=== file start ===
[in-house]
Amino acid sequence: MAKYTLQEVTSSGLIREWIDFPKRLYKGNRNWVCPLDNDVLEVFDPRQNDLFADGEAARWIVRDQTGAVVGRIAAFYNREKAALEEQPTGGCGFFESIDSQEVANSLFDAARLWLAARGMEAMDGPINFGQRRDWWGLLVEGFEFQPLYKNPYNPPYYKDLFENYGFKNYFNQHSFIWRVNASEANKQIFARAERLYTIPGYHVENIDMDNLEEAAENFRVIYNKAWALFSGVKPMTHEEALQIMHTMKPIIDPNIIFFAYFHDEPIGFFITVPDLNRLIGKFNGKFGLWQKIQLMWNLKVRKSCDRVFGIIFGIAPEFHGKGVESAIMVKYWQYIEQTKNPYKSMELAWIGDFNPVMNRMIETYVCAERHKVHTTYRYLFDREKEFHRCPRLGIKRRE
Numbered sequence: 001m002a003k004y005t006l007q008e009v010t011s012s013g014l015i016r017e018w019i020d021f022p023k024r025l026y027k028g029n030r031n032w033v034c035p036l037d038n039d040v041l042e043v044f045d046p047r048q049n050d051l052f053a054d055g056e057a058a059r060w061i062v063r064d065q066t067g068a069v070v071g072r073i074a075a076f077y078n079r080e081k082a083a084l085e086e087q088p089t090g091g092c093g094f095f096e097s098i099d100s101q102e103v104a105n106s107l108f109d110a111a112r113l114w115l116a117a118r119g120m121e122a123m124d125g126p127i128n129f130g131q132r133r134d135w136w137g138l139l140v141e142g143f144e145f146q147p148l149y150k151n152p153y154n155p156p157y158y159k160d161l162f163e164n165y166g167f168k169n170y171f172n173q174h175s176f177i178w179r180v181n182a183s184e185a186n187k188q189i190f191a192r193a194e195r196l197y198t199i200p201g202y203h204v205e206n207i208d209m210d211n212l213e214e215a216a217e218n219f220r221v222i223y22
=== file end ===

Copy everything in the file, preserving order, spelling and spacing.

[in-house]
Amino acid sequence: MAKYTLQEVTSSGLIREWIDFPKRLYKGNRNWVCPLDNDVLEVFDPRQNDLFADGEAARWIVRDQTGAVVGRIAAFYNREKAALEEQPTGGCGFFESIDSQEVANSLFDAARLWLAARGMEAMDGPINFGQRRDWWGLLVEGFEFQPLYKNPYNPPYYKDLFENYGFKNYFNQHSFIWRVNASEANKQIFARAERLYTIPGYHVENIDMDNLEEAAENFRVIYNKAWALFSGVKPMTHEEALQIMHTMKPIIDPNIIFFAYFHDEPIGFFITVPDLNRLIGKFNGKFGLWQKIQLMWNLKVRKSCDRVFGIIFGIAPEFHGKGVESAIMVKYWQYIEQTKNPYKSMELAWIGDFNPVMNRMIETYVCAERHKVHTTYRYLFDREKEFHRCPRLGIKRRE
Numbered sequence: 001m002a003k004y005t006l007q008e009v010t011s012s013g014l015i016r017e018w019i020d021f022p023k024r025l026y027k028g029n030r031n032w033v034c035p036l037d038n039d040v041l042e043v044f045d046p047r048q049n050d051l052f053a054d055g056e057a058a059r060w061i062v063r064d065q066t067g068a069v070v071g072r073i074a075a076f077y078n079r080e081k082a083a084l085e086e087q088p089t090g091g092c093g094f095f096e097s098i099d100s101q102e103v104a105n106s107l108f109d110a111a112r113l114w115l116a117a118r119g120m121e122a123m124d125g126p127i128n129f130g131q132r133r134d135w136w137g138l139l140v141e142g143f144e145f146q147p148l149y150k151n152p153y154n155p156p157y158y159k160d161l162f163e164n165y166g167f168k169n170y171f172n173q174h175s176f177i178w179r180v181n182a183s184e185a186n187k188q189i190f191a192r193a194e195r196l197y198t199i200p201g202y203h204v205e206n207i208d209m210d211n212l213e214e215a216a217e218n219f220r221v222i223y22